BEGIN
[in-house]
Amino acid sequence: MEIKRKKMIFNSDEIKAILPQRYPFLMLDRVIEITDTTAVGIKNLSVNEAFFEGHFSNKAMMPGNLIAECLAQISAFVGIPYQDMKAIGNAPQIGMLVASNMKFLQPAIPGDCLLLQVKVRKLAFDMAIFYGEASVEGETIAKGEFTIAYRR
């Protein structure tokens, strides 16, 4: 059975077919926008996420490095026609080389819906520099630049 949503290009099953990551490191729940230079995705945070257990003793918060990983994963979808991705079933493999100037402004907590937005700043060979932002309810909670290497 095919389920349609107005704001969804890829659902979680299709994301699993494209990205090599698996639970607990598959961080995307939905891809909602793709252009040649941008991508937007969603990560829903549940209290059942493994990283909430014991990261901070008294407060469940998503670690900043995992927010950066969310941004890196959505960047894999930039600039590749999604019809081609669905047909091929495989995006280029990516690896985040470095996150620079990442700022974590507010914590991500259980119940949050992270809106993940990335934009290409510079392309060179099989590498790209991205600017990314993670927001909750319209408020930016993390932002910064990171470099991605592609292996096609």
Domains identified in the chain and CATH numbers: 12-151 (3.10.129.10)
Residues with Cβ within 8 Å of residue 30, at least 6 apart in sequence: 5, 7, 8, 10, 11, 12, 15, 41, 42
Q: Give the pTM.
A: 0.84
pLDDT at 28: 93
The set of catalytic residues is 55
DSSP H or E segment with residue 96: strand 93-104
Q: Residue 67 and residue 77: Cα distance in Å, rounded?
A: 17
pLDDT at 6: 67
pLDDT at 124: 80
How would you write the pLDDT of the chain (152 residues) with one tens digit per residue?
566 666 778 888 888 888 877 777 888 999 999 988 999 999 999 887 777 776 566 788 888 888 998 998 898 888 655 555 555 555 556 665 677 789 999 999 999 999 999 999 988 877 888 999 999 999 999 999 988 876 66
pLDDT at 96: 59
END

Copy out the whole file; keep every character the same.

[in-house]
Amino acid sequence: MEIKRKKMIFNSDEIKAILPQRYPFLMLDRVIEITDTTAVGIKNLSVNEAFFEGHFSNKAMMPGNLIAECLAQISAFVGIPYQDMKAIGNAPQIGMLVASNMKFLQPAIPGDCLLLQVKVRKLAFDMAIFYGEASVEGETIAKGEFTIAYRR
């Protein structure tokens, strides 16, 4: 059975077919926008996420490095026609080389819906520099630049 949503290009099953990551490191729940230079995705945070257990003793918060990983994963979808991705079933493999100037402004907590937005700043060979932002309810909670290497 095919389920349609107005704001969804890829659902979680299709994301699993494209990205090599698996639970607990598959961080995307939905891809909602793709252009040649941008991508937007969603990560829903549940209290059942493994990283909430014991990261901070008294407060469940998503670690900043995992927010950066969310941004890196959505960047894999930039600039590749999604019809081609669905047909091929495989995006280029990516690896985040470095996150620079990442700022974590507010914590991500259980119940949050992270809106993940990335934009290409510079392309060179099989590498790209991205600017990314993670927001909750319209408020930016993390932002910064990171470099991605592609292996096609």
Domains identified in the chain and CATH numbers: 12-151 (3.10.129.10)
Residues with Cβ within 8 Å of residue 30, at least 6 apart in sequence: 5, 7, 8, 10, 11, 12, 15, 41, 42
Q: Give the pTM.
A: 0.84
pLDDT at 28: 93
The set of catalytic residues is 55
DSSP H or E segment with residue 96: strand 93-104
Q: Residue 67 and residue 77: Cα distance in Å, rounded?
A: 17
pLDDT at 6: 67
pLDDT at 124: 80
How would you write the pLDDT of the chain (152 residues) with one tens digit per residue?
566 666 778 888 888 888 877 777 888 999 999 988 999 999 999 887 777 776 566 788 888 888 998 998 898 888 655 555 555 555 556 665 677 789 999 999 999 999 999 999 988 877 888 999 999 999 999 999 988 876 66
pLDDT at 96: 59